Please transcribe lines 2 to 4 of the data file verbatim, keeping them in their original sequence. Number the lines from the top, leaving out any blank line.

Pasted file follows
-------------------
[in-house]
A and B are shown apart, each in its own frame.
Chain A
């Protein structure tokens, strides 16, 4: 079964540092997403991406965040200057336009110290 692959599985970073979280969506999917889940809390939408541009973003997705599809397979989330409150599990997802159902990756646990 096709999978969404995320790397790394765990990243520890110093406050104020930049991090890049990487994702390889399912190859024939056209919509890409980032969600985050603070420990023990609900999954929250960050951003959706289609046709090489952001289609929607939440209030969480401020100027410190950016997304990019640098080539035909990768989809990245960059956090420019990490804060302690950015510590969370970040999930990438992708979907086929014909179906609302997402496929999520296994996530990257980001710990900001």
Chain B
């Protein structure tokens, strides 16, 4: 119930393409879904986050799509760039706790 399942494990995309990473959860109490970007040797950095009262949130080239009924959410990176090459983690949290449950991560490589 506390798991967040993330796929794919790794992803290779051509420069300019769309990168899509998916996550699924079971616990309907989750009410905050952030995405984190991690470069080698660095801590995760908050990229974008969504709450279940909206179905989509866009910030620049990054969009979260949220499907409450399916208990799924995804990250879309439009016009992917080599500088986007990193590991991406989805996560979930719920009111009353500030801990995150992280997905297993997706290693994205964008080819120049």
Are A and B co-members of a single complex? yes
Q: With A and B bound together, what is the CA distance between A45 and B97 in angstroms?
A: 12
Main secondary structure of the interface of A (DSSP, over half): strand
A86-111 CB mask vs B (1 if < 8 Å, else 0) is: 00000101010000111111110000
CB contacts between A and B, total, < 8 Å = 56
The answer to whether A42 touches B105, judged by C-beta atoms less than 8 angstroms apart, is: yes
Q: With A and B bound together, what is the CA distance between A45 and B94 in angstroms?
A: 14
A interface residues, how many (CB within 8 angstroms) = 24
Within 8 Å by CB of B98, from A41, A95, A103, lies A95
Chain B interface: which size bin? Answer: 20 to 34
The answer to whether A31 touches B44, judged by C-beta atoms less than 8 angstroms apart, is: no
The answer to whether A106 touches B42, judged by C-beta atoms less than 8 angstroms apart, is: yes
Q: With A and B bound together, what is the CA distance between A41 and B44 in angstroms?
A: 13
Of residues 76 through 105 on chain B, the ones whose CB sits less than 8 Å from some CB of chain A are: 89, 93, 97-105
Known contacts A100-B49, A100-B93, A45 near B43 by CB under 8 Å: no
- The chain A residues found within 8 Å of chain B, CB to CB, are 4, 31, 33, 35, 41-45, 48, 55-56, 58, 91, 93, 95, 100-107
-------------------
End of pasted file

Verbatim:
A and B are shown apart, each in its own frame.
Chain A
């Protein structure tokens, strides 16, 4: 079964540092997403991406965040200057336009110290 692959599985970073979280969506999917889940809390939408541009973003997705599809397979989330409150599990997802159902990756646990 096709999978969404995320790397790394765990990243520890110093406050104020930049991090890049990487994702390889399912190859024939056209919509890409980032969600985050603070420990023990609900999954929250960050951003959706289609046709090489952001289609929607939440209030969480401020100027410190950016997304990019640098080539035909990768989809990245960059956090420019990490804060302690950015510590969370970040999930990438992708979907086929014909179906609302997402496929999520296994996530990257980001710990900001």